A committee looking at options for homelessness in Corvallis is thinking outside the tent.

The Ad Hoc Committee on Camping presented a white paper this month to the Housing Opportunities Action Council (HOAC) recommending several possible transitional housing options for Corvallis’ homeless citizens. The recommendations include:

• Collaborating with city and county staff to find zoning for scattered car sites.

• One or more group camps.

• Tiny house villages and “Conestoga Huts” (minimal material micro-shelters).

• Amending municipal codes to allow for new shelter options in the city.

• Establishing additional Oxford Houses.

• Creating a community support team to provide outreach efforts at homeless campsites.

Corvallis Mayor Biff Traber, who also serves as the Action Council's co-chair, said the white paper represented a “major step forward” for a community struggling with how to deal with homelessness, "because it's looking at a range of options."

“I have much higher expectations that you might get something when there’s a range of options rather than one take-it-or-leave-it proposal,” Traber said. “It’s a great step. The next step is for the HOAC to have a discussion about the white paper and what, if any, recommendations or changes they want to make.”

The Action Council, a committee of 20 local agencies and organizations overseeing the county’s 10-year plan to address homelessness, is scheduled to weigh in on the recommendations during its April meeting.

The Committee on Camping — made up of Action Council members Aleita-Hass Holcombe, Jim Swinyard, Bob Bernhard, Ed Epley, Peggy McGuire and Kevin Schultz —was established in spring 2016 to address issues relating to homeless camping that occur each year when the men’s and women’s shelters close on March 31. The committee was charged with exploring new options after a pilot program looking to establish a fenced-in legal campsite failed to get off the ground.

Hass-Holcombe, Corvallis Daytime Drop-In Center president, is hoping the white paper and the closing of the cold weather shelters on Friday will remind community members of the urgent need to start moving forward with solutions.

“We’ve been working on this for a long time and we didn’t plan it (to coincide with the closures) but I think it’s good timing because it might create an awareness and a realization that we haven’t made any provisions to be proactive,” she said. “Until we become more proactive, the community is going to be dealing with the same thing we’ve had before and that hasn’t been working.”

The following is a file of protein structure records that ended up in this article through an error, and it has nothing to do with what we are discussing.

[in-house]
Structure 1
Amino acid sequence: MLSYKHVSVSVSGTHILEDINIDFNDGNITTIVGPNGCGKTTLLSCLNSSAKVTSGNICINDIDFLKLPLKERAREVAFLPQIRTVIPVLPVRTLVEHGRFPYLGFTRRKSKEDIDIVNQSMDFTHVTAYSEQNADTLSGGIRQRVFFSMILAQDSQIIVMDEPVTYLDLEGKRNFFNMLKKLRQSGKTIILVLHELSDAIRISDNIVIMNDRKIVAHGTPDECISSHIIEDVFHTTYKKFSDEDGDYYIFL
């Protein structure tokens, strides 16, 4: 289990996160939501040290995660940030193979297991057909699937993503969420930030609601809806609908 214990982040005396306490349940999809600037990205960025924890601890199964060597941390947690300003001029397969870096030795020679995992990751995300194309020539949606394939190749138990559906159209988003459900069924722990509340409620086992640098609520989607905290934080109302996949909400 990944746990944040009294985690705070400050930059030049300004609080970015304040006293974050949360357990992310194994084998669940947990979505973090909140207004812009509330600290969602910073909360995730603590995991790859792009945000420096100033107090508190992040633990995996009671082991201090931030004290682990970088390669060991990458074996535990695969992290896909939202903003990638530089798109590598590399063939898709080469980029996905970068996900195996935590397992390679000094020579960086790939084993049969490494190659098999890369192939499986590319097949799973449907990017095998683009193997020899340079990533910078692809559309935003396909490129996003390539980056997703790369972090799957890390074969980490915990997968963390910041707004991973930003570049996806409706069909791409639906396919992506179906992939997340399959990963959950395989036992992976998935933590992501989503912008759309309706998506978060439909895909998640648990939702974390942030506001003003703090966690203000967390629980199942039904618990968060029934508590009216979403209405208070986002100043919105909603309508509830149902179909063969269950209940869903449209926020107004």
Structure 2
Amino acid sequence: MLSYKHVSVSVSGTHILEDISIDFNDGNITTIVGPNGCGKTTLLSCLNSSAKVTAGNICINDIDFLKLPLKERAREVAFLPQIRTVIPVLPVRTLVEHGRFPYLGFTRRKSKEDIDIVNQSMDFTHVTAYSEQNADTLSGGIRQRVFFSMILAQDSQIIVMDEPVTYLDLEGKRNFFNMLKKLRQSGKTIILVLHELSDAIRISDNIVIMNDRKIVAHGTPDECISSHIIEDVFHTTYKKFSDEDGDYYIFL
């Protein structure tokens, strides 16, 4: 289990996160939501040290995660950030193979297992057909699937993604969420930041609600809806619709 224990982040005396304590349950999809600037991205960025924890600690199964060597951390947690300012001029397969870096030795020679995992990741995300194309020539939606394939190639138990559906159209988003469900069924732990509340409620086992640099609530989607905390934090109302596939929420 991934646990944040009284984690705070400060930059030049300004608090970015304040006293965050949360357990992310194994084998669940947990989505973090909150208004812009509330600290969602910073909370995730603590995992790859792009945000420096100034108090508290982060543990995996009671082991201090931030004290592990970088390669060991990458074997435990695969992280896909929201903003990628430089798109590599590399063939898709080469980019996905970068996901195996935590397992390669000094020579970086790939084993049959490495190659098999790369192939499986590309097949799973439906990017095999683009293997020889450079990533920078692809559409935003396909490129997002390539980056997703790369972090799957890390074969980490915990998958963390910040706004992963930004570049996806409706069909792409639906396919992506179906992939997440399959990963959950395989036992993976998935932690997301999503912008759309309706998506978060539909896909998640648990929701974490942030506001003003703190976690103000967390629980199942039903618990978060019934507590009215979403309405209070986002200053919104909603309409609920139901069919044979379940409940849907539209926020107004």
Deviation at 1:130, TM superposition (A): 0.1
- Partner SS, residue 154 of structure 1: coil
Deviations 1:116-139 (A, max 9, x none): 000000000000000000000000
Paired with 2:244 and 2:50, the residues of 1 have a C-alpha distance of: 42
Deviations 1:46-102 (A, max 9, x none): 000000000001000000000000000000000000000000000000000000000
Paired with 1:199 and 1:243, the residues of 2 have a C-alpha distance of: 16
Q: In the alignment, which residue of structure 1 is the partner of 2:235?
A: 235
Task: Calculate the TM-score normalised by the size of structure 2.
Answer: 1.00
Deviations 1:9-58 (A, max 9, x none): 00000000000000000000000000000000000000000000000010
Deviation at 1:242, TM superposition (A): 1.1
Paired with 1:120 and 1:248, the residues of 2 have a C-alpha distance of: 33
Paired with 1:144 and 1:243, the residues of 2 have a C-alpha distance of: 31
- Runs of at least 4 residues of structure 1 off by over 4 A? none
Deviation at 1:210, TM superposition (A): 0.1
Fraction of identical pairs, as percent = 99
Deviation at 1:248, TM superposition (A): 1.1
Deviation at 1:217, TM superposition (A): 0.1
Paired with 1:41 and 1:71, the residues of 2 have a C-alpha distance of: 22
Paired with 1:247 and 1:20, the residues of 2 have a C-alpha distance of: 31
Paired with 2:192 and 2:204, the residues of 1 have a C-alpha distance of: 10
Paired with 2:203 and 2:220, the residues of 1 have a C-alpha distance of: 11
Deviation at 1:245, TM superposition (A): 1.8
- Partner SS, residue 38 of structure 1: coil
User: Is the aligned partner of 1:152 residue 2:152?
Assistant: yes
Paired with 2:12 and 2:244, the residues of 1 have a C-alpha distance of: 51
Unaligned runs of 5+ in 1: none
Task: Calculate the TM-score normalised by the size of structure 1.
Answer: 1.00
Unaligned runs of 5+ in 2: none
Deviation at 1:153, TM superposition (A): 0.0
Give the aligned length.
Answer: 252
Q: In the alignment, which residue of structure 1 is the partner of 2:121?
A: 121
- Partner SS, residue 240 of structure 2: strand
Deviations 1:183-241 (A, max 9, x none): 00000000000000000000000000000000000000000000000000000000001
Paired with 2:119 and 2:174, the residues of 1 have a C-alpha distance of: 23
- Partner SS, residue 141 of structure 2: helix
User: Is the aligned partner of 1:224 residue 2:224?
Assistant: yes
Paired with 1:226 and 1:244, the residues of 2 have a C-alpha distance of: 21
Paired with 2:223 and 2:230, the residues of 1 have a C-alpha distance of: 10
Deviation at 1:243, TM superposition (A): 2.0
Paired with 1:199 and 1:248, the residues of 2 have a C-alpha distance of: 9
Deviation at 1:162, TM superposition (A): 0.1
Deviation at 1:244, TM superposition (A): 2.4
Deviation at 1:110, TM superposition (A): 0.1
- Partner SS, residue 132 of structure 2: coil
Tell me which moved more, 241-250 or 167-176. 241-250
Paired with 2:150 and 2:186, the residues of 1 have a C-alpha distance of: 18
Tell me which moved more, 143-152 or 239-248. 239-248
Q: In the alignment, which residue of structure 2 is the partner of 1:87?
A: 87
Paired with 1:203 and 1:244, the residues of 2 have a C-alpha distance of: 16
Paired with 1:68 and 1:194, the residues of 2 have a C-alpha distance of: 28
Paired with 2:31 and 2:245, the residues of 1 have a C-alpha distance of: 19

Swinyard, a former Benton County sheriff, said his goal in co-writing the white paper was to go beyond the idea of just looking at campsites for the homeless.

“I think it’s pretty clear that we’ve got a shortage of housing opportunities in the community. It’s not just isolated to the homeless community either; it runs all the way up,” Swinyard said. “It’s not anything we’re going to fix immediately. We need to grow our way out of the problem just like how we got into it. We, as a community, need to find a range of housing opportunities.”

Swinyard said the white paper recommendations could be effective immediately at helping decriminalizing homelessness in Corvallis. After serving as sheriff, Swinyard said it became clear to him that further law enforcement was not the solution to homelessness.

“To take up their time, both law enforcement and the courts’ time, to pursue someone whose only crime is they don’t have a home, that’s a real waste of our public safety resources,” he said. “But if all we’re doing is changing their status from illegal to legal, we still have the overarching problem of unaffordable housing. Addressing housing is the long term solution; this is a Band-Aid.”

Swinyard said the only long-term solution is for the entire city of Corvallis to share responsibility for addressing homelessness.

“This isn’t something that’s a problem for a half a dozen people; it’s a problem for the whole community. And the whole community has to be a part of the solution,” he said. “We have a lot of smart people in the community. If this is something people want to fix, we have the resources to do it. Now it’s a matter of commitment and will.”

A copy of the white paper is attached to the online version of this story. It also is available on the Action Council's website at bentonhoac.com/monthly-meetings.


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